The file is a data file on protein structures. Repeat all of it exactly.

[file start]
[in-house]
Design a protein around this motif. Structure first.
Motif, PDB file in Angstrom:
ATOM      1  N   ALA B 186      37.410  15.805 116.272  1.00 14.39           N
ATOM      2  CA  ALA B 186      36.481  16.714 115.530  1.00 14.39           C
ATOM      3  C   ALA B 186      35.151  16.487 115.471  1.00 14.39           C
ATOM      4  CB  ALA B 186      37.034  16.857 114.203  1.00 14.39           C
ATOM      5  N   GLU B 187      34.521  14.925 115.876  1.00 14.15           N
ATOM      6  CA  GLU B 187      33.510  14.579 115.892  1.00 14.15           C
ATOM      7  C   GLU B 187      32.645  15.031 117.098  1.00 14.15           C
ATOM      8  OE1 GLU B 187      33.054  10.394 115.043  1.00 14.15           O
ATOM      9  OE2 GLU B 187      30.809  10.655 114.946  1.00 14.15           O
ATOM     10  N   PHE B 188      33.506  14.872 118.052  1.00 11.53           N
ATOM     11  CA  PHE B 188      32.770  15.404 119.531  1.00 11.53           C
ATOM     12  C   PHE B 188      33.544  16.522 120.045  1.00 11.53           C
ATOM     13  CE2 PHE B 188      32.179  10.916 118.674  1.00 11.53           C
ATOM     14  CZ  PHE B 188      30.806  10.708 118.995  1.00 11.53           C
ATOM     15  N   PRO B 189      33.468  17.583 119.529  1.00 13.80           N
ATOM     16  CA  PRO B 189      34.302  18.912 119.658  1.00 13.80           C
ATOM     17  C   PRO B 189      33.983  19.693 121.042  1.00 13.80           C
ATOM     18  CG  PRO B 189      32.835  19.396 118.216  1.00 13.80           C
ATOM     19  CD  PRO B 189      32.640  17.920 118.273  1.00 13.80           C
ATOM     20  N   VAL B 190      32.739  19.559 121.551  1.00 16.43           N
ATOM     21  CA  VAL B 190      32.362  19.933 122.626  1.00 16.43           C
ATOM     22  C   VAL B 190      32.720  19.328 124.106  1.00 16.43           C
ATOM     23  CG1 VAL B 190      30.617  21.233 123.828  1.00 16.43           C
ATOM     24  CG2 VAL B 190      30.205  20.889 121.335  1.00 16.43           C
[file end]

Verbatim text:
[in-house]
Design a protein around this motif. Structure first.
Motif, PDB file in Angstrom:
ATOM      1  N   ALA B 186      37.410  15.805 116.272  1.00 14.39           N
ATOM      2  CA  ALA B 186      36.481  16.714 115.530  1.00 14.39           C
ATOM      3  C   ALA B 186      35.151  16.487 115.471  1.00 14.39           C
ATOM      4  CB  ALA B 186      37.034  16.857 114.203  1.00 14.39           C
ATOM      5  N   GLU B 187      34.521  14.925 115.876  1.00 14.15           N
ATOM      6  CA  GLU B 187      33.510  14.579 115.892  1.00 14.15           C
ATOM      7  C   GLU B 187      32.645  15.031 117.098  1.00 14.15           C
ATOM      8  OE1 GLU B 187      33.054  10.394 115.043  1.00 14.15           O
ATOM      9  OE2 GLU B 187      30.809  10.655 114.946  1.00 14.15           O
ATOM     10  N   PHE B 188      33.506  14.872 118.052  1.00 11.53           N
ATOM     11  CA  PHE B 188      32.770  15.404 119.531  1.00 11.53           C
ATOM     12  C   PHE B 188      33.544  16.522 120.045  1.00 11.53           C
ATOM     13  CE2 PHE B 188      32.179  10.916 118.674  1.00 11.53           C
ATOM     14  CZ  PHE B 188      30.806  10.708 118.995  1.00 11.53           C
ATOM     15  N   PRO B 189      33.468  17.583 119.529  1.00 13.80           N
ATOM     16  CA  PRO B 189      34.302  18.912 119.658  1.00 13.80           C
ATOM     17  C   PRO B 189      33.983  19.693 121.042  1.00 13.80           C
ATOM     18  CG  PRO B 189      32.835  19.396 118.216  1.00 13.80           C
ATOM     19  CD  PRO B 189      32.640  17.920 118.273  1.00 13.80           C
ATOM     20  N   VAL B 190      32.739  19.559 121.551  1.00 16.43           N
ATOM     21  CA  VAL B 190      32.362  19.933 122.626  1.00 16.43           C
ATOM     22  C   VAL B 190      32.720  19.328 124.106  1.00 16.43           C
ATOM     23  CG1 VAL B 190      30.617  21.233 123.828  1.00 16.43           C
ATOM     24  CG2 VAL B 190      30.205  20.889 121.335  1.00 16.43           C